Market Report: Smith & Nephew may fall short of market forecast

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Knees must be knocking at Smith & Nephew, the artificial joints company which continues to insist it will meet the market's profit forecasts for the year.

Knees must be knocking at Smith & Nephew, the artificial joints company which continues to insist it will meet the market's profit forecasts for the year.

The shares were off 3.5 per cent yesterday as the market heard another little bit of news which suggested it is getting increasingly tough for the company to keep that promise.

The group's results statement last month showed slower than expected growth in the second quarter because of a supply problem in its wound dressings business. That has already put pressure to deliver strong numbers in the second half. Yesterday Bear Stearns, the US broker, was warning its clients that significant sales from a new ceramic hip will only start to come through in the final months of the year. Bear Stearns didn't do anything as rude as suggest that S&N might miss its earnings guidance, only that earnings in the third quarter will be below previous forecasts, with the fourth quarter making up for it.

The market wasn't going to wait with its fingers and toes crossed, though, and sold S&N shares down 17.5p to 485.5p.

It was one of the worst performers in the FTSE 100, although obviously Abbey National got that booby prize after HBOS scotched hopes it would launch a bidding war. Abbey shares fell 37.5p to 572.5p and HBOS rebounded 23.5p to 738p after saying it would save its money to buy something more profitable.

The FTSE 100 settled 2.8 points higher at 4,548, shrugging off the early slide on Wall Street. Of those blue chips which fell substantially, many were shares which traded for the first time without the value of their dividends. They included Diageo, the spirits giant, which was down 20p to 687.5p. It is paying a 17p dividend. Scottish & Newcastle, the historic brewer, which is paying 6.87p, was off 14.25p at 384p.

Cadbury Schweppes, the chocolate and fizzy drinks group, was shorn of the value of its interim dividend, 3.8p, but its shares ended down more than that thanks to the profit warning from Coca-Cola. Cadbury is likely to be suffering similar competition from healthier drinks and the effects of a cold summer, investors reasoned. The company's shares were off 9p at 441p. Even Rexam, the world's largest maker of aluminium cans, was caught up in the reaction to Coca-Cola's news, ending down 2p at 416.5p.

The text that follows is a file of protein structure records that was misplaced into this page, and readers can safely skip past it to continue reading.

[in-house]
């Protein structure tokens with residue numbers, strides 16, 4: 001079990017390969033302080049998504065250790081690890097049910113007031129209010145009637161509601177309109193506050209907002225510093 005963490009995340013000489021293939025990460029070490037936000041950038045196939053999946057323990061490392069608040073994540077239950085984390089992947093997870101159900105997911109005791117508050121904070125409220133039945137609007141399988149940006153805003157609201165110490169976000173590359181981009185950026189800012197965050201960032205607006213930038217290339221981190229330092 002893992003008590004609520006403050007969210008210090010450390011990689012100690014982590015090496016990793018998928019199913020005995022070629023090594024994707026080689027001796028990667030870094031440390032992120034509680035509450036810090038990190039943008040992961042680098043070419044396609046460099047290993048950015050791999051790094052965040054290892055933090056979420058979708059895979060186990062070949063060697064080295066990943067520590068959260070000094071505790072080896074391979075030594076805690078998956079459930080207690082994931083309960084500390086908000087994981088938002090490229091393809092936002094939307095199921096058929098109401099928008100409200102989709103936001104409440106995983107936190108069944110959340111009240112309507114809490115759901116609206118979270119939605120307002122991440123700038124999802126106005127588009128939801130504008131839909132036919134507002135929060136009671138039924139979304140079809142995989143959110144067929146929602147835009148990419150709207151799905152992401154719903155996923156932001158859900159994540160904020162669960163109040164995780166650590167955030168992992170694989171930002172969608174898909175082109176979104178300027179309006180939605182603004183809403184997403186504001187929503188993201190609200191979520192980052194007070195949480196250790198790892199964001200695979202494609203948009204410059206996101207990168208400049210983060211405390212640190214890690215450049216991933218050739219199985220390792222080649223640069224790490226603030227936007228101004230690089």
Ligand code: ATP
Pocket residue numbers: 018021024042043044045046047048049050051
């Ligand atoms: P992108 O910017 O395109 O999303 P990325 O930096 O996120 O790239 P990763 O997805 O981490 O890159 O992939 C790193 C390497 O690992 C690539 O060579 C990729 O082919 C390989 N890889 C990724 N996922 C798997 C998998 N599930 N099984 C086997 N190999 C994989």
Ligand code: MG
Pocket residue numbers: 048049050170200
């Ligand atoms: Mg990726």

The rising oil price was a fillip to Shell (up 4.5p to 417p) and BP (4.5p better at 511.5p), and also to BHP Billiton, the mining group which makes a third of its profits from oil and gas. Its shares rose 6.5p to 528.5p.

Trading in Geest shares was a bit like the last few minutes before closing at the supermarkets it supplies with prepared salads: its stock has been "reduced to clear" after lack of buying interest. After falling more than 12 per cent since May, some investors thought it worth betting that results today might be no worse than the 22 per cent fall in profits expected. Previously, everyone has fretted that Geest will admit there has been little demand for salads during the ropey British summer.

Rumours of a takeover at Amec got another outing, with the US group Fluor again in the frame to make a bid. Its shares were up 3p to 310p. And MFI Furniture, the disaster-stricken retailer, bounced 3p to 107.75p on suggestions it may receive a private equity or trade bid at its depressed share price.

Thus, the alternative telecoms carrier, was a penny lower at 16p after a profit warning in the sector in the US overnight. And Alba, the maker of cut-price hi-fis and televisions, was off 36.5p at 776p on gossip that trading has slowed.

Antonov, which is trying to develop a revolutionary six-speed gearbox, was up 4p to 44p before its exhibition at the Paris Motor Show and what gossips believe is the imminent appointment of a new broker. Torotrak, which is working on "infinitely variable transmission" technology of its own, was up in its wake, as bulletin boards went into overdrive with rumours of development progress by a big car company. Torotrak shares closed 3.5p better at 44.5p.

Hardman Resources, which said earlier this week that it had begun drilling at its offshore oil well in Mauritania, was up tuppence to 82.5p thanks to a "buy" recommendation from an Australian broker. Sky Capital, the mini-investment bank which had disappointing results early this month, fell 22.5p to 171p as a former employee sold a big line of stock.

And some fund managers were pointing out a curious phenomenon yesterday: the plunging share prices of companies connected with Terry Ramsden, the convicted fraudster turned small cap investor. Caplay, the first of his shell companies, was off 0.38p at 4.62p. And Financial Development Corporation, the public relations group formerly called Hansard, was down 0.25p to 3.12p. Several investors who were expected to come in with Mr Ramsden when he invested in FDC last month reneged on their agreements.

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